Dumb money is also money
When raising startup capital, you have one main requirement: capital.
Naturally, VCs like to think of themselves as more than just sugar daddies/mammas, so there is a nice narrative in the VC community about how they give so much more than mere dollars and cents.
Here is the definition of Smart Money on Investopedia:
Cash invested or wagered by those considered to be experienced, well-informed, “in-the-know” or all three. Although there is little empirical evidence to support the notion that smart-money investments perform any better than non-smart-money investments do, many speculation methods take such influxes of cash very seriously.
They have no definition for Dumb Money, but here is my best attempt:
Many VCs (and VC/startup blogs) are quick to villainize dumb money investors as if dumb is synonymous with “bad” or “uncouth” or “detrimental” or “will come back to haunt you”. As if somehow taking dumb money will hinder your ability to grow your company. Even the term “dumb” is derogatory right off the bat.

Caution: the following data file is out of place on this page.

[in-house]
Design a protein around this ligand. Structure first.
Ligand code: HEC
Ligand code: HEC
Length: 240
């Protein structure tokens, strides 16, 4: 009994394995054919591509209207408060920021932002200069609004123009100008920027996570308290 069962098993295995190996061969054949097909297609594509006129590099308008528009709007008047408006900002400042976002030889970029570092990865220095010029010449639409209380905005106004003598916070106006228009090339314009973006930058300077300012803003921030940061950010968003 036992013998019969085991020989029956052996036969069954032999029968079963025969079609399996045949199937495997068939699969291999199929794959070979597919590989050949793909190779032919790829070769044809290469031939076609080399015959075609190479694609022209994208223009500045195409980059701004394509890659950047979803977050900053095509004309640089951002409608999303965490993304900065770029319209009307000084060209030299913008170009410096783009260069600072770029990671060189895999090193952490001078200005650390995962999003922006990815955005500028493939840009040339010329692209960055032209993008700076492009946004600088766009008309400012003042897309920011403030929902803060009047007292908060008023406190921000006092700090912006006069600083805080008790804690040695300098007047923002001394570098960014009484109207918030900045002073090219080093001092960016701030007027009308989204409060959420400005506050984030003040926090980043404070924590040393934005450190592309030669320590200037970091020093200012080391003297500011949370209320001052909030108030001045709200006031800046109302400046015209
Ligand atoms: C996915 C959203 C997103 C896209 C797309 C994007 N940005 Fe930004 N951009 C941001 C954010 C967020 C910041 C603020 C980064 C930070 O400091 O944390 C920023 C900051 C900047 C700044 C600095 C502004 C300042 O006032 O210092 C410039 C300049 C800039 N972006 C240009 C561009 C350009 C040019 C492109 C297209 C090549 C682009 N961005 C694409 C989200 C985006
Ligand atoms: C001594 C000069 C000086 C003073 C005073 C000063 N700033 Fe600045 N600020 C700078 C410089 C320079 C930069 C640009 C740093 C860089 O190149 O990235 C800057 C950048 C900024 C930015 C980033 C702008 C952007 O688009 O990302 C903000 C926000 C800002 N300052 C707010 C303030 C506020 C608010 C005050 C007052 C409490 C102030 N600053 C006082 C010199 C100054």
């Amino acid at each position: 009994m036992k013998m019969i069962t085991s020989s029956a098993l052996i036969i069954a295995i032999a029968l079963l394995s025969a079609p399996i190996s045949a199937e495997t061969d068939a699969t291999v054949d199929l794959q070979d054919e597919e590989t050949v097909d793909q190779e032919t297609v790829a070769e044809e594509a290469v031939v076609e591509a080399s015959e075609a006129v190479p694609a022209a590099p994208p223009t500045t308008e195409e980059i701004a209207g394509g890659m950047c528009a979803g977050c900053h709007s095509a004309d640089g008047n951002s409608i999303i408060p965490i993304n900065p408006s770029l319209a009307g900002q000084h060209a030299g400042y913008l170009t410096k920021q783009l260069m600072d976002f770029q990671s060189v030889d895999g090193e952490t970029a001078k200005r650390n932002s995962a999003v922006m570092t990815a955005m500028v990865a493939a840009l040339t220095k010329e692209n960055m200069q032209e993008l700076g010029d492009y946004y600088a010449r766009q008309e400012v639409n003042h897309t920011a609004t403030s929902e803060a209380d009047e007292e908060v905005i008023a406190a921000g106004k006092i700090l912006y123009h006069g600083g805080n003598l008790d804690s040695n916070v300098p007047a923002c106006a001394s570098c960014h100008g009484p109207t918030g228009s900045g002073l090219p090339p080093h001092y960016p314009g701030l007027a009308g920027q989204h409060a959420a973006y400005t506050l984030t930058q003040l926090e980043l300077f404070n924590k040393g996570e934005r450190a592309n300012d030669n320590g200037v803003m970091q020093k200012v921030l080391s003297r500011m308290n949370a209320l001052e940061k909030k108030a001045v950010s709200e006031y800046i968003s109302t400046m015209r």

To me, dumb money just means taking money from non-experienced investors (or at least not experienced in your industry), but it doesn’t imply anything else! Obviously don’t take money from someone you think is going to fuck up your business. Duh. But that has nothing to do with smart/dumb.
If you are lucky enough to be a hot startup where you can pick and choose, then maybe the smart money rhetoric will sway you toward one firm over another, and you will pass up offers from less experienced investors. I understand the tactic from the VC side for those sorts of hot deals.
But for the rest of us, at least at the seed stage, we need MONEY. If you’ve got money to give, then you are smart enough for me.
If seeking other things specifically (strategic partnerships, hiring help, operational advice, etc.) then of course look for that sort of experience.
But if you believe the only barrier to getting to the next step is money itself, and someone will cut you a check, take it.